Until the 23rd of September this year, Tate Liverpool is giving you the opportunity to visit a brand new exhibition, displaying the works of Austrian artist, Egon Schiele and American Photographer, Francesca Woodman. 10 years after Tate’s Gustav Klimt exhibition, this new display of work takes inspiration from Klimt and marks another decade of Tate’s valuable presence in Liverpool. Exploring all aspects of ‘Life in Motion.’

This unique exhibition looks at how these two artists focus on portraying different perspectives of the human body. Famous for his elongated figures and experimentation with angles of the body, Schiele’s drawings are arguably his most interesting work. Woodman’s photography is particularly fascinating in the way it portrays the relationship between women and their bodies, working in black and white and incorporating subjects into their surroundings.

Both Woodman and Schiele started producing artwork at a very young age. One photograph shows Woodman at the age of thirteen, capturing her transition into adolescence, shying away from the camera but powerful in her control over it. In other works, Woodman’s interest in Gothic literature contributes to ghostly figures, timeless in their movement, as well as experimenting with glass mirrors and other structures to manipulate the body.

Woodman and Schiele’s work encapsulates not only the physical state of the subject, but also their state of mind. Schiele was arrested for the abduction and seduction of a minor in 1912, but only ever charged on the grounds that he exhibited ‘erotic’ drawings in a place accessible to children. The female body is quite literally explored from all angles in Schiele’s work, so naturally poor old law enforcement got a little upset.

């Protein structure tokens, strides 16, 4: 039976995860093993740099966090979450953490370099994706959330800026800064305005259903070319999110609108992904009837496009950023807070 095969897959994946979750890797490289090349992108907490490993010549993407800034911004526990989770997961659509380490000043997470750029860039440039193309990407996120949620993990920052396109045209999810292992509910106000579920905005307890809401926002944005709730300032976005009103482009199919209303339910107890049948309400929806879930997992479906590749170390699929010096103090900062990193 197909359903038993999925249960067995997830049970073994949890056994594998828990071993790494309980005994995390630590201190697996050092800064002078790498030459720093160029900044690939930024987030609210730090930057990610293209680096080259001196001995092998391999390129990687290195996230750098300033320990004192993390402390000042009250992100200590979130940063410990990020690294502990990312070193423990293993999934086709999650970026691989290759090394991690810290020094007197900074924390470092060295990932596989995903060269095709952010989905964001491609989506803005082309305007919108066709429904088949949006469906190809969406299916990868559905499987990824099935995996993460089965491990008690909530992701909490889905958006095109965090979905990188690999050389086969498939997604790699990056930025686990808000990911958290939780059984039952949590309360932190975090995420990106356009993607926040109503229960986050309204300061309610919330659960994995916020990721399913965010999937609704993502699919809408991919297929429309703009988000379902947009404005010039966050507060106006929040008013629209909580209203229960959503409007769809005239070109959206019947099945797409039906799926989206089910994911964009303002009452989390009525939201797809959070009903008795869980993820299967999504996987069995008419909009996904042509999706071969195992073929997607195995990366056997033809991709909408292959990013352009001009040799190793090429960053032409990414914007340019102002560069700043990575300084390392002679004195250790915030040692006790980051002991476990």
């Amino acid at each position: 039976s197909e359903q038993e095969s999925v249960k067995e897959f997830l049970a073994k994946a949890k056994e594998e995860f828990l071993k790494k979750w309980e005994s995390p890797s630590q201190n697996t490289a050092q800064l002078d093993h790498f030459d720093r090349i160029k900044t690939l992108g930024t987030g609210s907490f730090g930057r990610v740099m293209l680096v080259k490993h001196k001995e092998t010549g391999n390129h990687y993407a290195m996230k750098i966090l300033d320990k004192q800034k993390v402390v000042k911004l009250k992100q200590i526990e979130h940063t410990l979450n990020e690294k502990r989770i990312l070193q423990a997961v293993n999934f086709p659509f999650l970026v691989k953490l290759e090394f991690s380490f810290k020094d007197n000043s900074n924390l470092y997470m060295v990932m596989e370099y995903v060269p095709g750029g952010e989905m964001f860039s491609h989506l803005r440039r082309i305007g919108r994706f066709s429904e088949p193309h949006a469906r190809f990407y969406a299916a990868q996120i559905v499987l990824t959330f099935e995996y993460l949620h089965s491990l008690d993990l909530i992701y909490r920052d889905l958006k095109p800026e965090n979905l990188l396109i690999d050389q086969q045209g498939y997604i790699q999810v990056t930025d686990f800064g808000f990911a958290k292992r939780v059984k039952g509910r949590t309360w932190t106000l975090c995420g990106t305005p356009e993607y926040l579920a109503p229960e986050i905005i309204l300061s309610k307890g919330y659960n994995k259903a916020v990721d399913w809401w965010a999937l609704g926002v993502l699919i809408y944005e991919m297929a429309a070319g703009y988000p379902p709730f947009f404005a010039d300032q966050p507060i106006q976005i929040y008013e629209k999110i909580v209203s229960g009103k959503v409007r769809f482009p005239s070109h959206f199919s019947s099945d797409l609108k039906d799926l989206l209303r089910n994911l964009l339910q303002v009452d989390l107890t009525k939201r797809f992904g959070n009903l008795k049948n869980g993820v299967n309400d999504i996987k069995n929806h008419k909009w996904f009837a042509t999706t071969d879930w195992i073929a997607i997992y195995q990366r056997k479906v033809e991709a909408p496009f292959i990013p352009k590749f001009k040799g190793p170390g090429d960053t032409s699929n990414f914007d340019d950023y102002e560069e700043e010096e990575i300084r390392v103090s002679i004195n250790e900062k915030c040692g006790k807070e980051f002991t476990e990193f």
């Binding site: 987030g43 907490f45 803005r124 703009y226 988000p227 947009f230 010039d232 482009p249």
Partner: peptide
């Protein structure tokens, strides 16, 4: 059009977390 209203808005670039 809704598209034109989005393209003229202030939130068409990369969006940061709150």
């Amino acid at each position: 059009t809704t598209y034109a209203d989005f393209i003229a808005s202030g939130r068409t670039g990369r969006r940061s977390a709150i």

As well as Gothic influences, Woodman also explores renaissance and baroque motifs in her work during her time in Italy. The angel series displays the female body as an ephemeral figure between earth and heaven, in constant motion. Woodman’s grad-show pieces are placed at the end of the exhibition, conceptualising resurrection and transition through studying the body alongside a swan. The swan has become a profound motif in a range of feminist works, these particular photographs reminded me of Angela Carter’s novel: Nights at the Circus. 

While Woodman considers the surroundings of her subjects part of her artwork, Schiele’s figures are separated from their backgrounds. This preference in style emphasises the body’s complexity, and Schiele’s facination with disproportionate limbs and the contorted framework of the body. It is often difficult to tell which angle Schiele is drawing his subjects from, for example a woman drawn from above may appear to be upright rather than lying down, encompassing the concept of bodies in motion, despite the still image.

Tickets for the exhibition can be found here.